def f(n,k,*T):n and[f(n-1,k,b,*T)for b in range(k)]or print(T)

where T is now a tuple instead. In the general case, this saves 3 bytes!

In Python 3.5+, this also works if we're appending to the end of a sequence, i.e. we can change f(n-1,k,L+[b]) to f(n-1,k,*T,b). The latter is a syntax error in earlier versions of Python though.

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3
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Use IDLE 3.3 to take multiline input

In IDLE versions 3.1 to 3.3, the command input() reads an entire multiline string like "line1\nline2", rather than a single line at a time as per the spec. This was fixed in version 3.4.

Calling input() only once is very convenient for golfing. Whether one can take advantage of this is debatable, but I think it is an acceptable interpreter- or environment-specific behavior.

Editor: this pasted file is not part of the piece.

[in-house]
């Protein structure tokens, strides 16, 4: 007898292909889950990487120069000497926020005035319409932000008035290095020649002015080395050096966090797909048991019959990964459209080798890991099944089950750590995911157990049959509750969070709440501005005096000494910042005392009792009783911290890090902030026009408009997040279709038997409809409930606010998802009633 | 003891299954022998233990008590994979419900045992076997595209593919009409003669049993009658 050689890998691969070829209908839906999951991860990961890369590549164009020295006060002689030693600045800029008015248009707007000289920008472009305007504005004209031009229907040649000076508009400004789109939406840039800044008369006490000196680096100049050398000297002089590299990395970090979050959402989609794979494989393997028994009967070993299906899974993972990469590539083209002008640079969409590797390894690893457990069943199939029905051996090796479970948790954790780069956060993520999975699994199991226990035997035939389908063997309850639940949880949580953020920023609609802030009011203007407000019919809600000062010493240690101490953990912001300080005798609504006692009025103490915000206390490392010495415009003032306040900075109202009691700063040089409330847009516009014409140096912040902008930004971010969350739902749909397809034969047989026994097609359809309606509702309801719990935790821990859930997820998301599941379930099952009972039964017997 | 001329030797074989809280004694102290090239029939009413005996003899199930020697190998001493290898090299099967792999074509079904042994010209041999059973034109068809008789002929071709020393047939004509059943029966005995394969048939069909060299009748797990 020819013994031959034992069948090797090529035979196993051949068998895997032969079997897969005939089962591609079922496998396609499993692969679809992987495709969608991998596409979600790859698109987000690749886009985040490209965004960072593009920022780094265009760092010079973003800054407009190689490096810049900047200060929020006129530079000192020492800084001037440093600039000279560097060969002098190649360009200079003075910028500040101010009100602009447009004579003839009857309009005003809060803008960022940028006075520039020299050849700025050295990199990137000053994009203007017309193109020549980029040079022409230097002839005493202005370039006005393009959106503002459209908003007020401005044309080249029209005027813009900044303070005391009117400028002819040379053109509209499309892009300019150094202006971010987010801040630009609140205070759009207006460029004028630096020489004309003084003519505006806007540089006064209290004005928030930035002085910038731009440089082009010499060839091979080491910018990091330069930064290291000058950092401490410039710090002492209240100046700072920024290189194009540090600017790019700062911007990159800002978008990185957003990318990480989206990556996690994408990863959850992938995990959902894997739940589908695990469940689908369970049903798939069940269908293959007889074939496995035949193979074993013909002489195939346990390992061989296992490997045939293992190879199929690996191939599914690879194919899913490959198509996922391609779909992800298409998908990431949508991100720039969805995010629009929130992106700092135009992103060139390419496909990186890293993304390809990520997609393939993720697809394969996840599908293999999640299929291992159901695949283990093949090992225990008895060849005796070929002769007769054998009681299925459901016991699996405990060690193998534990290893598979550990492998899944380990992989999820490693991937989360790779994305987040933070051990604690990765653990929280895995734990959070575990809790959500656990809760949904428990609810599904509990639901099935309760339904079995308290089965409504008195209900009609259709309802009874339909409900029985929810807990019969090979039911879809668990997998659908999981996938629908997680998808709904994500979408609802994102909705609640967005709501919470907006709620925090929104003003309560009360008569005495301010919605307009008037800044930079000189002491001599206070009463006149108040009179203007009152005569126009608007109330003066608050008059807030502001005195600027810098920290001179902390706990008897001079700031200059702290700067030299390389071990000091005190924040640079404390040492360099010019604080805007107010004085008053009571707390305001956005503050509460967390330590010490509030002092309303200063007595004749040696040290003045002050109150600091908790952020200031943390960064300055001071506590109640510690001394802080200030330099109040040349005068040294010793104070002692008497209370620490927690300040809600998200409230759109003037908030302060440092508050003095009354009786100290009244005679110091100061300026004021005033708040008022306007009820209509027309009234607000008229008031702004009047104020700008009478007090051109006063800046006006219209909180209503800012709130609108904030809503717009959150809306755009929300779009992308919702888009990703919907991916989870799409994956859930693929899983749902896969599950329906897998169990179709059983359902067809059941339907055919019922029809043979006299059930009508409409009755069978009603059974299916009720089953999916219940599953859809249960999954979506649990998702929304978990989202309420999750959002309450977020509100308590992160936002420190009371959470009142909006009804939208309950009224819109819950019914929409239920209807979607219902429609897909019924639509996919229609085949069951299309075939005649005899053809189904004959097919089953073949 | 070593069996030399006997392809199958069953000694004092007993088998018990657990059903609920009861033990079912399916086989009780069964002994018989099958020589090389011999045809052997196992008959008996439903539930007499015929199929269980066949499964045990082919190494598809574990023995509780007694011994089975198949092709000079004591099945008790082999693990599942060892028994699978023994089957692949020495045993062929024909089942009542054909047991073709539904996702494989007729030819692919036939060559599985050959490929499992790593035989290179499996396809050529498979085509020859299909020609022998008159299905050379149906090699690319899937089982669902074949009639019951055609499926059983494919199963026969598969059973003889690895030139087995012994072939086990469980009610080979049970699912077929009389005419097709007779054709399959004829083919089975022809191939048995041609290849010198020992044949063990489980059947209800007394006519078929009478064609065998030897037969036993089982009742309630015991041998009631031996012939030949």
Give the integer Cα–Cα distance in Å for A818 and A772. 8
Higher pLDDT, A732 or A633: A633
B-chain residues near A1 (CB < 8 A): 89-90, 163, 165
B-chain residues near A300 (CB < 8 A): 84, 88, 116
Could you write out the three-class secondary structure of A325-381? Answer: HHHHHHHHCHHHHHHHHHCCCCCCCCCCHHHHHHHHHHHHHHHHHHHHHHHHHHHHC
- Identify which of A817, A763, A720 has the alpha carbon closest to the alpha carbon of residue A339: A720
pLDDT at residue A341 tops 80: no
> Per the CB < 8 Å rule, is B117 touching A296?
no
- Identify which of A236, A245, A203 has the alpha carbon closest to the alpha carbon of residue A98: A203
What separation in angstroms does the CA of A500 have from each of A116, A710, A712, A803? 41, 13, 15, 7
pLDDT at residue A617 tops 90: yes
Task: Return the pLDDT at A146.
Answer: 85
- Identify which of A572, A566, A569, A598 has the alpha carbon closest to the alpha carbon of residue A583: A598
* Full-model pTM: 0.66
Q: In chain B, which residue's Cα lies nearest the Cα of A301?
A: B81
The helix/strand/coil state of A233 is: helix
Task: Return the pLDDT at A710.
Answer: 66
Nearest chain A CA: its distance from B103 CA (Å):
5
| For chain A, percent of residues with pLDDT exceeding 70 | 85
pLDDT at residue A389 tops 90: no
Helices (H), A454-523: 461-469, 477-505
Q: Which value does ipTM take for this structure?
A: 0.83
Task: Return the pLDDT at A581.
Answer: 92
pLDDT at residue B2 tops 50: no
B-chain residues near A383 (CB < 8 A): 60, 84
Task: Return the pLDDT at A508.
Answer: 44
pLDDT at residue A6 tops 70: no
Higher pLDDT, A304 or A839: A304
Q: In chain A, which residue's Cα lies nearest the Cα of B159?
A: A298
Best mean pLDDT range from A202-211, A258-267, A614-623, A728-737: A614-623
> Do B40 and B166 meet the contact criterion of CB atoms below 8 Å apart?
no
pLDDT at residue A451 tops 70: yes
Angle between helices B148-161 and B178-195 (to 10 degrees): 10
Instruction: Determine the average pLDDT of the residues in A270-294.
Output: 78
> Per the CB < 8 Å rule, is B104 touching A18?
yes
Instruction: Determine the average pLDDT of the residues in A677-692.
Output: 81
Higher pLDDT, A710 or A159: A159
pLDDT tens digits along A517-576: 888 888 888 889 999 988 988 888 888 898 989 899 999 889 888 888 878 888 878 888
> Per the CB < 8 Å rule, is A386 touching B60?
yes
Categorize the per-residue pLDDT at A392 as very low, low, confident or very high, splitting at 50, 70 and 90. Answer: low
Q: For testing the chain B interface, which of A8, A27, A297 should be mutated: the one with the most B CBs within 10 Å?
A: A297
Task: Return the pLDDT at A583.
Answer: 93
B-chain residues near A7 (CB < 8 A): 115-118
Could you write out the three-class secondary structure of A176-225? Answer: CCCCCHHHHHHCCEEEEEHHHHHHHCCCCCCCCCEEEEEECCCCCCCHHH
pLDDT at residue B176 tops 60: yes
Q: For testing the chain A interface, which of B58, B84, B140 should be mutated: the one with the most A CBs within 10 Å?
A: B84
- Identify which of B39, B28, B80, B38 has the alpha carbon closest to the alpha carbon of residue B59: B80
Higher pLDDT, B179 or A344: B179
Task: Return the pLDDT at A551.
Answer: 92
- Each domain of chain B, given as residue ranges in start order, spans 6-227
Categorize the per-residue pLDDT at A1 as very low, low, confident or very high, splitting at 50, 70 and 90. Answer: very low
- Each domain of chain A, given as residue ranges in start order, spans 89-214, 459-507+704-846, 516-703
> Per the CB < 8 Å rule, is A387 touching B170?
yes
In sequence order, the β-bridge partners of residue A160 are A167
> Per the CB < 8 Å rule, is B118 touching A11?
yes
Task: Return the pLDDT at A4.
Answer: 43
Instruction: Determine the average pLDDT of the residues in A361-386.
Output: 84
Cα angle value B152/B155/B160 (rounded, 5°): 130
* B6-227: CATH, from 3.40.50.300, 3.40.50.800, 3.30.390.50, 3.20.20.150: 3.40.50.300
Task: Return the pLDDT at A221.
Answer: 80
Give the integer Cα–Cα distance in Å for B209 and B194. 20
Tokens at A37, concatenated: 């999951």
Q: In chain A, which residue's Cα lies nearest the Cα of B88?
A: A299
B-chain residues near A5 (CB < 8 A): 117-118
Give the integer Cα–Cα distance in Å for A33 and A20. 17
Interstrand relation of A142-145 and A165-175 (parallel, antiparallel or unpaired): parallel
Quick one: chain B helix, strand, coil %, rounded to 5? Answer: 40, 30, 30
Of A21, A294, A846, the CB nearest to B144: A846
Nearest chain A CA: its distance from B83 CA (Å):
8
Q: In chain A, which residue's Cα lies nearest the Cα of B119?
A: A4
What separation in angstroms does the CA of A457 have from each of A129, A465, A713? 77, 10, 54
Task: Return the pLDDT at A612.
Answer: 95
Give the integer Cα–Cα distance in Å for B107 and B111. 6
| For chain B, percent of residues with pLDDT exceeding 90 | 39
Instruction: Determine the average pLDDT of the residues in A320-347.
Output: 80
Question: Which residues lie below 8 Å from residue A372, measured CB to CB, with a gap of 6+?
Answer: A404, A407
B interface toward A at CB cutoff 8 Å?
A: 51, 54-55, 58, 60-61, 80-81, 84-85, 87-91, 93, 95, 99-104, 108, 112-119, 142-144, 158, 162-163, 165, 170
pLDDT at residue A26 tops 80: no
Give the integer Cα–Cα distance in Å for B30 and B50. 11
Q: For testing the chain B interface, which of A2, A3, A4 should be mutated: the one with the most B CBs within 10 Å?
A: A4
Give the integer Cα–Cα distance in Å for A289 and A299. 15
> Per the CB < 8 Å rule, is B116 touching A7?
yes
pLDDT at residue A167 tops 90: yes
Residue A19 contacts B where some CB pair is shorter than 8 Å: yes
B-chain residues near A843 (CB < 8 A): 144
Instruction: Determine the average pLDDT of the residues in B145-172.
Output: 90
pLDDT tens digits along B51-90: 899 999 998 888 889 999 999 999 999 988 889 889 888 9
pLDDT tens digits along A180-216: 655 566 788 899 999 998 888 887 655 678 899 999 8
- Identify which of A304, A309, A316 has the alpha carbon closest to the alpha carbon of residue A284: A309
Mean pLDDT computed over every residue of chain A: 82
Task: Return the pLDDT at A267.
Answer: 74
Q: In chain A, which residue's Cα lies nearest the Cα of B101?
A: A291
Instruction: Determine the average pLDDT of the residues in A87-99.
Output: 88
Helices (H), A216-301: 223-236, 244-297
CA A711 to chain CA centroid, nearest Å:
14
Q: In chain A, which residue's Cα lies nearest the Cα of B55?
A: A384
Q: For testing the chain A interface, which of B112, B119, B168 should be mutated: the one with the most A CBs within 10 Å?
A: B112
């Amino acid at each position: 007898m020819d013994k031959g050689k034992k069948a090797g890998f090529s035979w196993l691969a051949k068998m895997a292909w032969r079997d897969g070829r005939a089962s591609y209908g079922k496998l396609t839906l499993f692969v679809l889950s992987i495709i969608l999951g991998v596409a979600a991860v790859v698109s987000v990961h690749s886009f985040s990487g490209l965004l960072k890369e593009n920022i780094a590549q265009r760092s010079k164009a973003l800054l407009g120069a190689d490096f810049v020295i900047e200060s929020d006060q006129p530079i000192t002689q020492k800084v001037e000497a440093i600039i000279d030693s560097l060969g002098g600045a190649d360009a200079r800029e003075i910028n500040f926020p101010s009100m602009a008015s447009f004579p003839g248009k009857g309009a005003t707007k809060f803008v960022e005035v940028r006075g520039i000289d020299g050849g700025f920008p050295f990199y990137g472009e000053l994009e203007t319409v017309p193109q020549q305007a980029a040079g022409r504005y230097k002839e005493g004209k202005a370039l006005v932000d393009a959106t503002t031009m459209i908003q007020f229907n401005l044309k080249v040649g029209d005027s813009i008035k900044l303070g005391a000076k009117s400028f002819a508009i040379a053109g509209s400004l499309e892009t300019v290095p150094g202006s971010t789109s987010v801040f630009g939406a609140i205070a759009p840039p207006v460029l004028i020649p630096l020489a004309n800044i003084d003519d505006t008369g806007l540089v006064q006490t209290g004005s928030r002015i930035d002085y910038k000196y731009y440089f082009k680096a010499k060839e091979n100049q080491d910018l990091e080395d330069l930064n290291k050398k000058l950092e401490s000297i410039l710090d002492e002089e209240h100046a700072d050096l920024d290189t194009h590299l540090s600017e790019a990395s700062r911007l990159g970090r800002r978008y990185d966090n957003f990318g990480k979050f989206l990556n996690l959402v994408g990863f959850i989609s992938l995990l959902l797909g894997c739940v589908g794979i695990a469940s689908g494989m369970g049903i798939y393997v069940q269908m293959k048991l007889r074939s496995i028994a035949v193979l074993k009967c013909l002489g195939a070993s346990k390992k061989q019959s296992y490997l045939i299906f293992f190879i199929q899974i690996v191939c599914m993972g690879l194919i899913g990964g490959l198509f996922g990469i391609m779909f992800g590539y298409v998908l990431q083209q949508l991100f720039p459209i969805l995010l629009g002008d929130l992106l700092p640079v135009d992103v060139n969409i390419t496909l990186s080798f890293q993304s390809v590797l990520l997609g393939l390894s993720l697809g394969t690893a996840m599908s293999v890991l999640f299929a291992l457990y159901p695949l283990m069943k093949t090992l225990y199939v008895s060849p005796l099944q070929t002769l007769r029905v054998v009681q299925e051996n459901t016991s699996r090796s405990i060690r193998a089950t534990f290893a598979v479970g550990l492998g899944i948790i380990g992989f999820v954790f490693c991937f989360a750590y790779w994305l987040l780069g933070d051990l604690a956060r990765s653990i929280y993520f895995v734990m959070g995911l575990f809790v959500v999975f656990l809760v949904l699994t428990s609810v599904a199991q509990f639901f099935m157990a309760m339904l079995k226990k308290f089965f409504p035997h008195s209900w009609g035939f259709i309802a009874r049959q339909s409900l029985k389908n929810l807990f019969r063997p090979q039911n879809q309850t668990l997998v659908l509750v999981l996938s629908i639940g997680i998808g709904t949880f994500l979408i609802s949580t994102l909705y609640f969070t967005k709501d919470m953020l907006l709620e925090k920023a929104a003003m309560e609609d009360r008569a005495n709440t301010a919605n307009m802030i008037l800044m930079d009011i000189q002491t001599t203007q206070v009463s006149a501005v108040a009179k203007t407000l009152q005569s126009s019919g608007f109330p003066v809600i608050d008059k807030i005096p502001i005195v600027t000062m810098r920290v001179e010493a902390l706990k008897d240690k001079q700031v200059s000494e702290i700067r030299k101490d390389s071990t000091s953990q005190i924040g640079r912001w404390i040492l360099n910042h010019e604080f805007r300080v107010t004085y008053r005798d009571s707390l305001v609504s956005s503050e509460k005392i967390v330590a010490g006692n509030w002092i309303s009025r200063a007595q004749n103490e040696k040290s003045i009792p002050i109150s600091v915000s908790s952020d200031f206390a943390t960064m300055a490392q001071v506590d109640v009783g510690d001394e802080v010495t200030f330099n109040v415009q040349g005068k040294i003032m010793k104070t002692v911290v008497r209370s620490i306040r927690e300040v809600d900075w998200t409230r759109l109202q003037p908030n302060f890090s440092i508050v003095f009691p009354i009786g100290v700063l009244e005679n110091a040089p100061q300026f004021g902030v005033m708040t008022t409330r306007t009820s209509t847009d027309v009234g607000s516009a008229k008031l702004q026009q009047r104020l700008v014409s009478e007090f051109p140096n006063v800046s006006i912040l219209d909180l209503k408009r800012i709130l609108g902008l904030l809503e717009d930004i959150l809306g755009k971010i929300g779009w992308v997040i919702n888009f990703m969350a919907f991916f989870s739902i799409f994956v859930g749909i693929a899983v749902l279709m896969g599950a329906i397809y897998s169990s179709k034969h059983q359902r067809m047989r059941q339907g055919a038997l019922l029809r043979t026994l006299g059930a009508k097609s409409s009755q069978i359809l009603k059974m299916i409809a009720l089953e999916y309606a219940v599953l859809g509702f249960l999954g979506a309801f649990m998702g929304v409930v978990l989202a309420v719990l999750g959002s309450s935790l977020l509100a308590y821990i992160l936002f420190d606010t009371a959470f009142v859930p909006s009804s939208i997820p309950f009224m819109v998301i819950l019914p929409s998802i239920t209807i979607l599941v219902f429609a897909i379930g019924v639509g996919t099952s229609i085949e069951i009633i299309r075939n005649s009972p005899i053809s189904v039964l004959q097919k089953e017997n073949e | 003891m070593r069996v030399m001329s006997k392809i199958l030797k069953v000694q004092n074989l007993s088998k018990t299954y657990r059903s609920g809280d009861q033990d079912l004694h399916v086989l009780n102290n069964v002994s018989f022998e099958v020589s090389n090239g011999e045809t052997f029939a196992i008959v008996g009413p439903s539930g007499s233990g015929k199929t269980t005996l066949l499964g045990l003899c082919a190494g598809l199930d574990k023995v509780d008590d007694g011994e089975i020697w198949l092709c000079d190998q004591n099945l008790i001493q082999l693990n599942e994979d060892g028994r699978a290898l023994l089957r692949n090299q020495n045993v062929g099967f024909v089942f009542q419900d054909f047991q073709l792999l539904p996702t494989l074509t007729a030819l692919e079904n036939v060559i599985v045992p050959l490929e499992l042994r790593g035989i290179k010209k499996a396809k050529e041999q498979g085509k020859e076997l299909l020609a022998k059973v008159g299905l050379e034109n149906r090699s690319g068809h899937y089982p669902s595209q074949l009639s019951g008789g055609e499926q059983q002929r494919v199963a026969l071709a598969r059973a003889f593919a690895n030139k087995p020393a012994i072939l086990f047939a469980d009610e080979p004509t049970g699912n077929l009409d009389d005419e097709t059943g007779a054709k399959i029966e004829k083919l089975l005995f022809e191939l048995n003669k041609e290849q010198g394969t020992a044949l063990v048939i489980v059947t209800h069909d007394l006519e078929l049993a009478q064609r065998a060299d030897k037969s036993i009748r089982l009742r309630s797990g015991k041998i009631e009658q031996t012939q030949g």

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2
  • \$\begingroup\$ Wait... so how do you... sort of, enter the string if Enter adds a newline rather than EOF? Does CTRL+D work on Windows? \$\endgroup\$
    – cat
    Mar 4, 2016 at 3:00
  • 1
    \$\begingroup\$ @tac I copy-paste it into IDLE. \$\endgroup\$
    – xnor
    Mar 4, 2016 at 3:30
3
\$\begingroup\$

Easiest way to swap two values

>>> a=5
>>> b=4
>>> a,b=b,a
>>> a
4
>>> b
5
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3
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Access list, while building it inside comprehension

In python version 2.4 (and <2.3 with some tweaks) it is possible to access list, from list comprehension. Source #1, Source #2 (Safari, Python Cookbook, 2nd edition)

Python creates secret name _[1] for list, while it is created and store it in locals. Also names _[2], _[3]... are used for nested lists.

So to access list, you may use locals()['_[1]'].

In earlier versions this is not enough. You'll need to use locals()['_[1]'].__self__

I couldn't find evidence, that somethins like that is possible in versions >2.4

Don't think, that it might be usefull often, but who knows! At least it helps with building one-liners.